GDVC/Alstom Consortium wins $2.7bn Contract for Lusail Light Rail Transit Project, Qatar
A consortium consisting of QDVC (a 51 percent Qatari Diar, 49 percent Vinci Construction Grands Projets subsidiary) and Alstom has been awarded a $2.7bn contract for the last phase of the Lusail Light Rail Transit (LRT) project in Qatar by Qatar Railways.
The new contract was signed in Paris on 23 June 2014 at a ceremony attended by François Hollande, President of the French Republic, and His Highness Sheikh Tamim Bin Hamad Al Thani, Emir of Qatar, during his official visit to France.
Alstom’s share of the works is worth just over $1bn, including delivery of 35 trains along with power supply equipment, signalling, control systems and trackworks, while that of QDVC comprises construction of 25 stations and a depot, architectural and electro-mechanical works packages and integrated project management.
Alstom said the 35 Citadis trams for Lusail will be 32 metres long and will offer high-end comfort to passengers, thanks to enhanced communications with passenger information and security systems both at stations and on-board.
QDVC won the first works phases for the light rail transit system (LRT) in Lusail, Qatar, in 2007 and 2011.
The light rail system is scheduled to begin operating in 2018 (yellow line) and 2020 (green, red and purple lines).
The city of Lusail, a new urban development with a population of 200,000 north of Doha, the capital of Qatar, will welcome up to 450,000 people per day. Sustainable development was a primary criterion in planning the new city. From the start, the design included the creation of a public transport system to limit greenhouse gas emissions.
QDVC completed the civil engineering works on the first phases of the infrastructure (7 km of tunnels, 7 underground and 4 above-ground stations, as well as an access viaduct to the depot) and is currently building the Pearl station, which will connect the Lusail light rail with the Doha metro system, also under construction.
In seven years, VINCI Construction Grands Projets has become, through QDVC, a major construction player in Qatar. After handing over the country's largest wastewater pumping station, the company is currently working on several projects: a new motorway on the outskirts of Doha (the New Orbital Highway), the Doha metro (southern works package of the red line) and the underground car park and landscaped gardens at the Sheraton hotel in the West Bay business district.
Construction workers urged to down tools for mental health
The construction industry is being encouraged to stop all work for one hour to focus on the importance of physical and mental health. The plea is part of the ‘Stop. Make a Change.’ (SMAC) campaign which is asking construction organisations across the country t spend an hour thinking about physical health conditions, such as respiratory health, work-related stress, as well as mental health conditions including, but not limited to, depression, anxiety, OCD, and bipolar disorder.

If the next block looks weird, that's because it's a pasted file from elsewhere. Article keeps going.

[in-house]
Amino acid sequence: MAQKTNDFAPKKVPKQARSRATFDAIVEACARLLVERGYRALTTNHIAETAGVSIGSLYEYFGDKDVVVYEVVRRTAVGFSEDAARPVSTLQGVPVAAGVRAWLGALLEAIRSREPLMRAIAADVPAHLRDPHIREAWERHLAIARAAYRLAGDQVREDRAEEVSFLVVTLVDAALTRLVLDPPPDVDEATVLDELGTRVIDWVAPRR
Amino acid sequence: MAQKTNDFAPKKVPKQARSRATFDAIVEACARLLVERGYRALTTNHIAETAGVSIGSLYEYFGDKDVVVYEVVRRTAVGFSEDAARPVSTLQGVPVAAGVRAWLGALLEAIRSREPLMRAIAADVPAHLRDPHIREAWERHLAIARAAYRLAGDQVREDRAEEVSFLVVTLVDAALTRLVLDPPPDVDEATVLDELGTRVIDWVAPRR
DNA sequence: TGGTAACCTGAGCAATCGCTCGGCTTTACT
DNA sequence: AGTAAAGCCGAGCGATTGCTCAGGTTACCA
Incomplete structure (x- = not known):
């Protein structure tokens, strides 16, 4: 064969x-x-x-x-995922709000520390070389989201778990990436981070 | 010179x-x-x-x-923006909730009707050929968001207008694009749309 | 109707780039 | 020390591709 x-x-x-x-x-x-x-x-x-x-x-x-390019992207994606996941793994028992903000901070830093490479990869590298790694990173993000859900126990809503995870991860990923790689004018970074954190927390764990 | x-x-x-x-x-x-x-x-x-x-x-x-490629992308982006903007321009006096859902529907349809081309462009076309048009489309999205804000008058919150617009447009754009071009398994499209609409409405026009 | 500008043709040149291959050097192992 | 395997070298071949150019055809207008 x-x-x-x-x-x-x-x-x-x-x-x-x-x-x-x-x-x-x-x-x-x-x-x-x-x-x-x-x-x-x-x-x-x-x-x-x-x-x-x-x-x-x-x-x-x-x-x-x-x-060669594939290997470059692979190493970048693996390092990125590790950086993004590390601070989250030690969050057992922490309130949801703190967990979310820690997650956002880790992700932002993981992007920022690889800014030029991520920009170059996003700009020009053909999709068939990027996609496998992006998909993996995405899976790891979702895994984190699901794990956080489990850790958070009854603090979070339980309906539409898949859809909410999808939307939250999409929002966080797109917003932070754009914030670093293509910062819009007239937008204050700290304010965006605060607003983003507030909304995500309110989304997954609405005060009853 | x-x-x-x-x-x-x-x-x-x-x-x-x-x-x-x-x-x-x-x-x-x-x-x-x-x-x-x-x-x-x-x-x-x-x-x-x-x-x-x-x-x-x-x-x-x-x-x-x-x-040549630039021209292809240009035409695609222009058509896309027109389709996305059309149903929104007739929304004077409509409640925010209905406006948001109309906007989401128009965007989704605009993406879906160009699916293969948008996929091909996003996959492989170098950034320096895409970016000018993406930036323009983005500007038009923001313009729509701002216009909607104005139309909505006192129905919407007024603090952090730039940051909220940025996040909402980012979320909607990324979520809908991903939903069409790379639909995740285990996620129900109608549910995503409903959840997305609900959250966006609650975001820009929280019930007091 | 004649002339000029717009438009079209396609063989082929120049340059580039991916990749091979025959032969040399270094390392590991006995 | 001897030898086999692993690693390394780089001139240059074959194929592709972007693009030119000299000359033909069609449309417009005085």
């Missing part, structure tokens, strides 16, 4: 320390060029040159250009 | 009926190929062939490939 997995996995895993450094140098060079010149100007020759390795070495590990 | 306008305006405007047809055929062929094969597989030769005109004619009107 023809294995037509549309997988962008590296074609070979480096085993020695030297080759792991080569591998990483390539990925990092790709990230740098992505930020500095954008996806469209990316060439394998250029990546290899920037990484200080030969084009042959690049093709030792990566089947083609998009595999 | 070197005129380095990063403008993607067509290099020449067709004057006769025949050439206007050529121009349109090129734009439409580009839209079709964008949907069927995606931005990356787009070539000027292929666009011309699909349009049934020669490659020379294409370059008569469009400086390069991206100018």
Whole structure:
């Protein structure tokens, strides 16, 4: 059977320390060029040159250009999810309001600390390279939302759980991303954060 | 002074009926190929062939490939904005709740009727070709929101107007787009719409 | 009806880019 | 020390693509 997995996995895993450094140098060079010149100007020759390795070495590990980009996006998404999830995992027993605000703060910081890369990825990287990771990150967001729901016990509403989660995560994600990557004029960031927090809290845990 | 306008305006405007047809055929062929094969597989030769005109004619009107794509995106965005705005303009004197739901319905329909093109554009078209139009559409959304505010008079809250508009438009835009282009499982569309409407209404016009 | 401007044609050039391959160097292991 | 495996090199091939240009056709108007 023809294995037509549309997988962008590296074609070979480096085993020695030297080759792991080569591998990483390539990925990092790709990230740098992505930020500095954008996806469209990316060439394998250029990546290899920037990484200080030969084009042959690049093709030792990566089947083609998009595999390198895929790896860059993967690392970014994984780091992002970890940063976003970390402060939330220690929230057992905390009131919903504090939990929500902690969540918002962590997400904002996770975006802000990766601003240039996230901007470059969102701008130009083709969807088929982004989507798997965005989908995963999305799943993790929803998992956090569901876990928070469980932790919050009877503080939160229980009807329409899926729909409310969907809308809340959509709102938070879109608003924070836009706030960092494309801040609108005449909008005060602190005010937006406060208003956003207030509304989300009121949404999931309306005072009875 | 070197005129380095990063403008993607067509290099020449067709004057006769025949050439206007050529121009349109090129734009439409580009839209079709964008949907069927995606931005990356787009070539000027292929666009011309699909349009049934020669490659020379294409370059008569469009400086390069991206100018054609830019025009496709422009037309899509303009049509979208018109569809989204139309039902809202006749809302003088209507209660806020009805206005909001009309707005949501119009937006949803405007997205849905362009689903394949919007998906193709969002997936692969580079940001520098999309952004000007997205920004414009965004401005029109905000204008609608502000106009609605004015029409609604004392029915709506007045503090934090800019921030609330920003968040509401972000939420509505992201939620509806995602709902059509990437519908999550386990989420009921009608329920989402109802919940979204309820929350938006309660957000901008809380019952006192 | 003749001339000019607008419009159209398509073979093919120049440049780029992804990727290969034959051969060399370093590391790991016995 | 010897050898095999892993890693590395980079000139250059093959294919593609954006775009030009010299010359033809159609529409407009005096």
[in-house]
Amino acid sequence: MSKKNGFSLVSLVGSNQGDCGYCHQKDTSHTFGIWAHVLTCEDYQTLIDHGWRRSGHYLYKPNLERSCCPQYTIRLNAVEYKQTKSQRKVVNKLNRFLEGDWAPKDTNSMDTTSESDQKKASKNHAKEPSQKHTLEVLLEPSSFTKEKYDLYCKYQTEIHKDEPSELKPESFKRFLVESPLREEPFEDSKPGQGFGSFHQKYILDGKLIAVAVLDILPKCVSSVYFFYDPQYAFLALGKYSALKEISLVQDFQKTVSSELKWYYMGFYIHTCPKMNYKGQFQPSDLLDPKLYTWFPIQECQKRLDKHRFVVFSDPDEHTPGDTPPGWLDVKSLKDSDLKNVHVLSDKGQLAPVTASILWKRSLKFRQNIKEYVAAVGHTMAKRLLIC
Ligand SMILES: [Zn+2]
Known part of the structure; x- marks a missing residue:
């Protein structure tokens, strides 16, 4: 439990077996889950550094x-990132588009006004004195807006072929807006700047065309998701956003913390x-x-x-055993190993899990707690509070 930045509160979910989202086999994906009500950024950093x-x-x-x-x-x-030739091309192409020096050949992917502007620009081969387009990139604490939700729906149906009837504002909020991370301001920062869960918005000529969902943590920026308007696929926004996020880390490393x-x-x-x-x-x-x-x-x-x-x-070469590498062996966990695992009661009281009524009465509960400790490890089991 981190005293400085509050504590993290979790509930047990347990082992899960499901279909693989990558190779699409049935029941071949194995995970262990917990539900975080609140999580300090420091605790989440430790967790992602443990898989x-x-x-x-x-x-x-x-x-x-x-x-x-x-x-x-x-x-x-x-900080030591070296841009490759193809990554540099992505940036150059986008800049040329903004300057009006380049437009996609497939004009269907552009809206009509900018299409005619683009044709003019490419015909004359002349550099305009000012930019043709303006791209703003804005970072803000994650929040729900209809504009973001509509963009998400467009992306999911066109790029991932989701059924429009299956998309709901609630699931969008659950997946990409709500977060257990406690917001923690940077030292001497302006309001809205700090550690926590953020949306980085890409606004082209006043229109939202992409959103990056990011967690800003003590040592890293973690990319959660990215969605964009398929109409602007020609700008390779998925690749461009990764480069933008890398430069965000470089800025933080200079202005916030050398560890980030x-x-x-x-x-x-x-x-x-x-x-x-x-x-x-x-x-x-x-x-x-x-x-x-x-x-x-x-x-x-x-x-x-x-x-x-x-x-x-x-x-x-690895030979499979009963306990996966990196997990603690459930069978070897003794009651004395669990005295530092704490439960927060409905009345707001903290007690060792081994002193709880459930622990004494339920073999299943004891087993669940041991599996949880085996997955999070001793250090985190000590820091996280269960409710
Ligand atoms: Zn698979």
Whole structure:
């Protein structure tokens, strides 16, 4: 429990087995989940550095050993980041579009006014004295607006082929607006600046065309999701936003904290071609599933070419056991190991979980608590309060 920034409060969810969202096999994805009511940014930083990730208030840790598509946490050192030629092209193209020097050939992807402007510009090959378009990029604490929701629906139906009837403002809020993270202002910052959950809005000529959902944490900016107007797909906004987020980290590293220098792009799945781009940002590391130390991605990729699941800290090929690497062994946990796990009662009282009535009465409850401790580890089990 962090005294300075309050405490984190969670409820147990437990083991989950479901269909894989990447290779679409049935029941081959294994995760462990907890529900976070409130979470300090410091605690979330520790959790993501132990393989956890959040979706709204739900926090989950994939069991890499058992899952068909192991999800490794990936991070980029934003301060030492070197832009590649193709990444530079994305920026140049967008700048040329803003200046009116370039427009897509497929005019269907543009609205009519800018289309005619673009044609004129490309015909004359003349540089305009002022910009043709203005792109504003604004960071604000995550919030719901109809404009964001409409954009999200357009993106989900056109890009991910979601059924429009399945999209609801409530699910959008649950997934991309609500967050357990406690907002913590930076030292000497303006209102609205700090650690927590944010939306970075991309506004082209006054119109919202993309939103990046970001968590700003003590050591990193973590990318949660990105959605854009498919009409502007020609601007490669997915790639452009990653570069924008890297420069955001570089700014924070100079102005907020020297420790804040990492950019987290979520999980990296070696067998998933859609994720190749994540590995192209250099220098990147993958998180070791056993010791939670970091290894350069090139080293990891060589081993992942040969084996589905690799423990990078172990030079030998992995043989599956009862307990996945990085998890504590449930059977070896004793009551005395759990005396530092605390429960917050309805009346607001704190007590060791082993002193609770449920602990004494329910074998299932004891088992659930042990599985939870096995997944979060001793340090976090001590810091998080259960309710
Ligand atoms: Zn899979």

This year, the campaign, which takes place from 11 to 22 October, will focus on individual workers, placing particular emphasis on how they have been affected by the Coronavirus pandemic. In addition to encouraging workers to consider their health, safety, and wellbeing, they will also be asked how those areas can be improved
Andy Mitchell, co-chair of the Construction Leadership Council, said: “Our industry workforce is crucial to all of our future successes. We recognise the heroic efforts these workers have undertaken during the pandemic, and want to make sure that, as the industry hopefully emerges from COVID-19, we continue to look after everyone’s health, safety and wellbeing.”
Around 200,000 people took part in the campaign in 2019, which has been running since 2017. SMAC’s website also offers conversation starter kits to help encourage people to talk about their emotions and wellbeing, making it as natural as possible.
Suicide rates in the construction industry are increasing
A study by Glasgow Caledonian University found suicide rates among construction workers had risen to 29 per 100,000 in 2019 from 25 in 2015. Suicide rates among labourers increased by more than 50% from 48 per 100,000 in 2015 to 73 per 100,000 in 2019. However, the rate in non-construction-related industries has fallen, with just under five people per 100,000 taking their own lives in 2019 in comparison to 7 people in 2015.
If you work in the construction industry and need help, The Lighthouse charity provides free 24-hour, seven-days-a-week emotional and wellbeing support for those in the industry through its helpline available on 0345 605 1956 in the UK, or 1800 939 122 in the Republic of Ireland.
Lighthouse also has a free app where workers can access information that can be downloaded from the App Store or Google Play.